Whitney. Houston. It seems like a weird start, but by the time the late pop diva’s song gets belted out, it’s sure to bring any audience to their feet. What could suitably be an emotional climax to any other movie, is here simply a moment. In the end, it is yet another in a series of long, but deft moves of subversion that Maren Ade’s Toni Erdmann makes.
The problem with categorically describing a film to someone, is that there are many times when a film works outside such stringent guidelines. Tell someone a film is a drama, they expect the movie will move them. Tell someone a film is a horror, they expect they will be scared. Tell someone a film is a comedy, and they expect to bust their gut laughing. What happens to the in-between? How does one correctly entice another individual by describing a film as a dryly comic examination of loneliness and the human condition, about letting go, accepting who we are, letting down our guard and the continuing modernization of parts of Europe? Not an easy task, but this 162 minute epic (it goes by in a breeze) deserves every chance to be seen.
Winfried (Peter Simonischek) is a lonely old divorcee. He spends his days alternating between being a middle school music teacher and prankster. Well, the 2nd part is really his default setting. At a school assembly, bidding a retiring teacher fair well, he has his students adorn their faces as skulls and sing a song about the dearly departed. Even when he answers the door for a delivery man, he can’t but help his lesser instincts, slipping in false teeth and donning a persona, one that comes to envelop him later on.
His daughter, Ines (Sandra Huller), on the other hand, is wound tighter than a two dollar watch, just moments from snapping. Her job as an executive for a consulting firm seems to have no immediate payout, just the carrot dangled by her boss that her next assignment can be anything she chooses. The current assignment has her based in Bucharest, working on behalf of an oil company. When she returns home to Germany early, to celebrate her birthday, it’s awkward father and his keen observations, that let him know all may not be well.
Due to a “spontaneous decision” – as he is fond of calling these whims – following the death of his loyal dog, Winfried finds himself in the lobby of his daughter’s job, quite literally, as Ade directly transitions Winfred from mourning in his garden to Bucharest. It’s a staggering, but economical move, asserting her confidence early on. After trying to spend a few days getting close to Ines, potentially putting off her co-workers and friends in the process, Winfried agrees to leave. The following day though, something stranger appears in his place.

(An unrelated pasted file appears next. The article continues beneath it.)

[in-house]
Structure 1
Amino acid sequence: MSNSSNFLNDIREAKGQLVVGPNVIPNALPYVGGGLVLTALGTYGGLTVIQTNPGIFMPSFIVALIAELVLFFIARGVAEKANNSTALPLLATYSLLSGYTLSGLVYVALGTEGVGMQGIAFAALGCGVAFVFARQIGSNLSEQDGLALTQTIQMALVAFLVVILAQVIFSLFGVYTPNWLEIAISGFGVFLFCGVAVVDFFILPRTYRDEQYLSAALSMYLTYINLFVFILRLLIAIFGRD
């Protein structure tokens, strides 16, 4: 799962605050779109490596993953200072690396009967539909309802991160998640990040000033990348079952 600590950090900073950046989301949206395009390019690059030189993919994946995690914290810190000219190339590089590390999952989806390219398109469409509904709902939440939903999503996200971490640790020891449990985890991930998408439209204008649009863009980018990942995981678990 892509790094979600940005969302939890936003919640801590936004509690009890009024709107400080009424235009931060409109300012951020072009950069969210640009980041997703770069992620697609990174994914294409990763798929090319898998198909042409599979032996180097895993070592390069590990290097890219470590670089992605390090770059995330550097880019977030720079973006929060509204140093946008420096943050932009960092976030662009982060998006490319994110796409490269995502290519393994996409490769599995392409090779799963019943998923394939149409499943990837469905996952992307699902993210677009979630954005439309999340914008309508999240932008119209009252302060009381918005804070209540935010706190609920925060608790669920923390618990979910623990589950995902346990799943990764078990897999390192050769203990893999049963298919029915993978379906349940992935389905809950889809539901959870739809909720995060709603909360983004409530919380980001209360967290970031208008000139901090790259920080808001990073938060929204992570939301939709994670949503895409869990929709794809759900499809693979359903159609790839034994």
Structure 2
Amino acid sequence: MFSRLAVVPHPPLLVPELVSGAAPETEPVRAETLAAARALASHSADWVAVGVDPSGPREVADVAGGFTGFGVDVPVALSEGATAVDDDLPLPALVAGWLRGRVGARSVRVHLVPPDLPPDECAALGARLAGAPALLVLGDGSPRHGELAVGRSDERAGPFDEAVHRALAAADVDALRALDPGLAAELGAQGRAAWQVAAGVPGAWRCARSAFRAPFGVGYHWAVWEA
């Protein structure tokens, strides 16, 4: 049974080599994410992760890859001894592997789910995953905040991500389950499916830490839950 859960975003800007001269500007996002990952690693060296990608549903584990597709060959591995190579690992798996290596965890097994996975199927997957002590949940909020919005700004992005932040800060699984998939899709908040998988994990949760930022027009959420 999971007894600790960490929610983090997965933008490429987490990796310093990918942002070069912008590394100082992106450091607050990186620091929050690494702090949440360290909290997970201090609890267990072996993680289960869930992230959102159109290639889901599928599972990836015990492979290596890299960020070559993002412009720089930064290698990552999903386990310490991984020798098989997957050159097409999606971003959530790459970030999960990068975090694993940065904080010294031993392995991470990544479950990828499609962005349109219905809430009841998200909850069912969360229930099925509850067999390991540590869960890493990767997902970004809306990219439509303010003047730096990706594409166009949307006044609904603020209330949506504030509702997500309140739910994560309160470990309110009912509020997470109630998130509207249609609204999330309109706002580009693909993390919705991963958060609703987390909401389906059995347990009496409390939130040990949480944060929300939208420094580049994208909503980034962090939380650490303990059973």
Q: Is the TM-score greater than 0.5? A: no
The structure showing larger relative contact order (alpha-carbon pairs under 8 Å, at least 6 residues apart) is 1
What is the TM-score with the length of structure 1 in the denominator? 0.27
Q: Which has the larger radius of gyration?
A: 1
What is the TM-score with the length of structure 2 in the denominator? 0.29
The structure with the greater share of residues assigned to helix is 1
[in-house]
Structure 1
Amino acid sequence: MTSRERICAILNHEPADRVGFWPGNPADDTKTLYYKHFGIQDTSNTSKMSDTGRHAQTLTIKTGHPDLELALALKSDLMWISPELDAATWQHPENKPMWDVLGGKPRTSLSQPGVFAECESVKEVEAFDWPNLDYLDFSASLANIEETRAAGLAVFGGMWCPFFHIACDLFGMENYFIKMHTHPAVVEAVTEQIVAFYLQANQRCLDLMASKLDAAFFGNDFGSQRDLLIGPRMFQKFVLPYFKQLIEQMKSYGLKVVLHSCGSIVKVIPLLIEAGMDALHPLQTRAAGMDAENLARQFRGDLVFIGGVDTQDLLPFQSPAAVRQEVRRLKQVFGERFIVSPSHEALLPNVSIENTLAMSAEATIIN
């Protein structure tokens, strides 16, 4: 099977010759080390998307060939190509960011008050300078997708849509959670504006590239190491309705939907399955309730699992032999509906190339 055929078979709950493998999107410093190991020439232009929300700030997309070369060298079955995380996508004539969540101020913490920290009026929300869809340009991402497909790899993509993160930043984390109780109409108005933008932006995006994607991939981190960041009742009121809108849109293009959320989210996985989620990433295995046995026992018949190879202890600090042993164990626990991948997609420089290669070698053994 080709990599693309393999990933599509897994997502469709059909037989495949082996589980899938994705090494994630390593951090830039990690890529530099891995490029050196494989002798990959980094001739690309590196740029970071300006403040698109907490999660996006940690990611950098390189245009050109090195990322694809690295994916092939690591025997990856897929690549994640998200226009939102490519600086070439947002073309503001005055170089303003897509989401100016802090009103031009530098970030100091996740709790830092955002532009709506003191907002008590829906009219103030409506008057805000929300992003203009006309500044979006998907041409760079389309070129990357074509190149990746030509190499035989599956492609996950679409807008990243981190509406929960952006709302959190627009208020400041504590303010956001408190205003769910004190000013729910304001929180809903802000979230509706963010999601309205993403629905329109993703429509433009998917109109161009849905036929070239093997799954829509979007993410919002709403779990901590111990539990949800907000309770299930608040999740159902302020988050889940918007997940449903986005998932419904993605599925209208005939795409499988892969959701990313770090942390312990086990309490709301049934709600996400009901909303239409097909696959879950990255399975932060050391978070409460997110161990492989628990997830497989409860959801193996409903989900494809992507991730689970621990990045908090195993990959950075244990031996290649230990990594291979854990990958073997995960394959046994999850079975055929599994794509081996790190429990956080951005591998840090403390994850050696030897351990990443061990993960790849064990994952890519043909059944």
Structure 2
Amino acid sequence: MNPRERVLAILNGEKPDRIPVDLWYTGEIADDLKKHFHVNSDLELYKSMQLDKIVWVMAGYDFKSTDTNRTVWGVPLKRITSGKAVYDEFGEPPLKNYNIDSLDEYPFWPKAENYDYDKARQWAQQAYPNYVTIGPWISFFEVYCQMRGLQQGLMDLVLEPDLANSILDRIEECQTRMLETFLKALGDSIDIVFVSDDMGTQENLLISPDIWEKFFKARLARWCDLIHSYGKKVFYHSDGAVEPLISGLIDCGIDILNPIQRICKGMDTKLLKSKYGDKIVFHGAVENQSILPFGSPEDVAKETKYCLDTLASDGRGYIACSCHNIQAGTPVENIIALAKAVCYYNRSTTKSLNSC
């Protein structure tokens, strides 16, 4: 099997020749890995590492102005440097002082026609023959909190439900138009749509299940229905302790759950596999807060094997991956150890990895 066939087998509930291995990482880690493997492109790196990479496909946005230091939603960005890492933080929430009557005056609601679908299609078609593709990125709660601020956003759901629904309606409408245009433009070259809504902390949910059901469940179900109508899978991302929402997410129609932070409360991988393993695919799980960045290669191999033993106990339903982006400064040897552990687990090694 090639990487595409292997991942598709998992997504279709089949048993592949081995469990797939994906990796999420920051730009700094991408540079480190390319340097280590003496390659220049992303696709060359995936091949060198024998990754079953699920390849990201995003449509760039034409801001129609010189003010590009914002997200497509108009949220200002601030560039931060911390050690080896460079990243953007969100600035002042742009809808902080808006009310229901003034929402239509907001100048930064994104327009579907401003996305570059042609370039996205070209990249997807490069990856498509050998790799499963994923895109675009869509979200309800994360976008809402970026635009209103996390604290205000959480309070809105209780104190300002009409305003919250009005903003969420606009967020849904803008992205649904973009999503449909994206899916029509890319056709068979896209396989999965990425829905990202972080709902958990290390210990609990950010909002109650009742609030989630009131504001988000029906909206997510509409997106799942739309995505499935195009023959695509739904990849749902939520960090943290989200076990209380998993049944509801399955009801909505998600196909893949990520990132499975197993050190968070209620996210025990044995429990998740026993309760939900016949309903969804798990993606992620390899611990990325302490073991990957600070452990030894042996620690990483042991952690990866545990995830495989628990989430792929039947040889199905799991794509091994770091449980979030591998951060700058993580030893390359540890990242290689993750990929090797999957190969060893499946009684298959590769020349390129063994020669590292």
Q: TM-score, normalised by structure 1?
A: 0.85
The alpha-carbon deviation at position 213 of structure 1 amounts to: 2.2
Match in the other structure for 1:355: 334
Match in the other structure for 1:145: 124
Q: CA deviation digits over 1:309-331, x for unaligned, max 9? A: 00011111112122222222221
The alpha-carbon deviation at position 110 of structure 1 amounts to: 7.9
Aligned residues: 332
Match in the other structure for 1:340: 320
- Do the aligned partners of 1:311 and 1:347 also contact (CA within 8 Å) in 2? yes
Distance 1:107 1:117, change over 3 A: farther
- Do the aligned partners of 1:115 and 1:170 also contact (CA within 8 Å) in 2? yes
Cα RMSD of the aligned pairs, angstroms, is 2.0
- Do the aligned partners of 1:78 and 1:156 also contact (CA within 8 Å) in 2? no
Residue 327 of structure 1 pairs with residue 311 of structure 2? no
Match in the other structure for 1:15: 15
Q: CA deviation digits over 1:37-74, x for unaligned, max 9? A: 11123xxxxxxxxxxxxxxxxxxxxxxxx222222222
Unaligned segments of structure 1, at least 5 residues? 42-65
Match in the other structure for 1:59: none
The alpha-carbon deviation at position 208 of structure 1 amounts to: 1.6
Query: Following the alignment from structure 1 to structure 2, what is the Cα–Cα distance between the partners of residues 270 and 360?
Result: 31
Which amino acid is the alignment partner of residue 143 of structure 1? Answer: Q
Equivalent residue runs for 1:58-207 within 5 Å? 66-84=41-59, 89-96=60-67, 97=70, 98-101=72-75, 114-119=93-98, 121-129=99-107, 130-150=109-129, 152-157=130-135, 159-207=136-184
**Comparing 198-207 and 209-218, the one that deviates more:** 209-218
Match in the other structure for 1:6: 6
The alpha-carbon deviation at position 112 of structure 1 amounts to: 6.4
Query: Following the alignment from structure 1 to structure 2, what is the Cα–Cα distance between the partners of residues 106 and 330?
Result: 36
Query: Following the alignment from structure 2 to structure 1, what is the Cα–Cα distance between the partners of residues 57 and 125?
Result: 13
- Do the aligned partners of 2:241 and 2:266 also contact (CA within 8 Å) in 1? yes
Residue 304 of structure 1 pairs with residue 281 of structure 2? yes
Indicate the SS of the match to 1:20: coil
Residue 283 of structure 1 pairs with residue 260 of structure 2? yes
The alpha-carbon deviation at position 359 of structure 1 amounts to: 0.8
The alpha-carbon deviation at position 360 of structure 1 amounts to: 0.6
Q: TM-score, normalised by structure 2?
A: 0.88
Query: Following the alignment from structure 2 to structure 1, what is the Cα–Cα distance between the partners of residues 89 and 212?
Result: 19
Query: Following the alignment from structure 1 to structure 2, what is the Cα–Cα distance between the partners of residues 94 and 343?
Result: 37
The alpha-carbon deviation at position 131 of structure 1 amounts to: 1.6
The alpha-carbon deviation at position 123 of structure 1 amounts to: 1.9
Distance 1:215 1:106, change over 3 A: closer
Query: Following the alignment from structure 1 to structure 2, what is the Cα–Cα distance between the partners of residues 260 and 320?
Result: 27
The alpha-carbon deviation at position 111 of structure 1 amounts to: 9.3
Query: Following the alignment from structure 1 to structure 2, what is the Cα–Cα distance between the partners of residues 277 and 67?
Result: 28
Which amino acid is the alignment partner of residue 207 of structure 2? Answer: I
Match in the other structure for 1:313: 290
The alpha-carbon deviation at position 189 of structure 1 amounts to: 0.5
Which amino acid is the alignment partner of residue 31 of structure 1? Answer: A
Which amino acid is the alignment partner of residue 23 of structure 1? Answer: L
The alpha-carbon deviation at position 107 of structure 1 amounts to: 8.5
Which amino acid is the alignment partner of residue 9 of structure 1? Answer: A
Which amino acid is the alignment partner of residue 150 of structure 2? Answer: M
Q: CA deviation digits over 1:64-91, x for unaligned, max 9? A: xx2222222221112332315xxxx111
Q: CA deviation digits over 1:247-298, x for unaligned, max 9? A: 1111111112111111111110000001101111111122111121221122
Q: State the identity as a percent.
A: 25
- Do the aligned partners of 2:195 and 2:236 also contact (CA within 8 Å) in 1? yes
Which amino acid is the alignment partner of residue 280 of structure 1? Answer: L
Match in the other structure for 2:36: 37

As her father “departs” the picture, focus is switched to Ines, as she attempts to navigate her assignment. This job appears as merely a series of hoops to jump through, each one lit as she passes through it. Her tenacity gets praise, though feels slight for the acts she has to stomach. While taking a meeting in a courtyard one day, she notices the gleaming garish purple suit of the titular Toni Erdmann. Erdmann professes to be a life coach for executives, but is merely Winfried, sporting a lopsided wig and grotesquely fake teeth. At first it is hard to discern what his game is, as he finds opportunity again and again, to insert himself in Ines’s daily routine. Only with time, patience and a little madness, does a pattern appear.
The majority of the film feels at times like a series of vignettes, illuminating a grander whole. Each escapade gives way to another layer of humanity, whether it be two people having a quiet laugh, the exchanging of goods, or bold face lying to unsuspecting individuals in the name of a chuckle. Toni Erdmann feels it’s imperative for Ines to loosen up, as she believes her father needs to act his age and find meaning in what time he has left. Ines isn’t able to directly this, as Toni’s lies weave a web far stretching. Though most of what he says could be deemed ludicrous or inconceivable, the average person takes an ounce of it to heart, sending things down a continually winding path.
Peter Simonischek and Sandra Huller give powerfully stirring performances. Both wield silence as their greatest attribute. Observing, assessing and pondering the actions of the other, as well as those with whom they surround themselves, as they attempt to push each other to the brink. During a scene directly before the emergence of Toni, Ines is alone on her balcony, struggling to comprehend her feelings, save for the fact that she needs release. A typical film would underscore the scene with light strings, Ines would puff her self up and verbally expound her thoughts. Here, she saunters back into the darkness, with only her thoughts. It’s a starkly human moment.
There’s never a point during ToniErdmann where the movie directly lets any characters off the hook for their actions, missteps or quirks. Ines has a particularly interesting sexual kink played both for laughs and strength. When one of Toni’s joking asides leads to permanent ramifications, he recoils and then is lead to see the decency of people, in the span of minutes. Even the aforementioned moment, dealing with a ballad being sung, leaves an impact that gets immediately undone. By the time a naked office party and Bulgarian mask appear, everything is possible. What may seem like a subversion of general tropes, leads to the beauty of Maren Ade’s masterpiece.
So what’s the best way to corner or label Toni Erdmann? It’s a tall order, but to put it simply, it’s a comedy. A comedy that explores the unnecessary stresses people place upon themselves. The kind of comedy that tackles complex relation between father and child. Above all though, it’s about “not losing the humor” in the face of small, unexpected encounters, regardless how alienating, awkward or foreign they may be.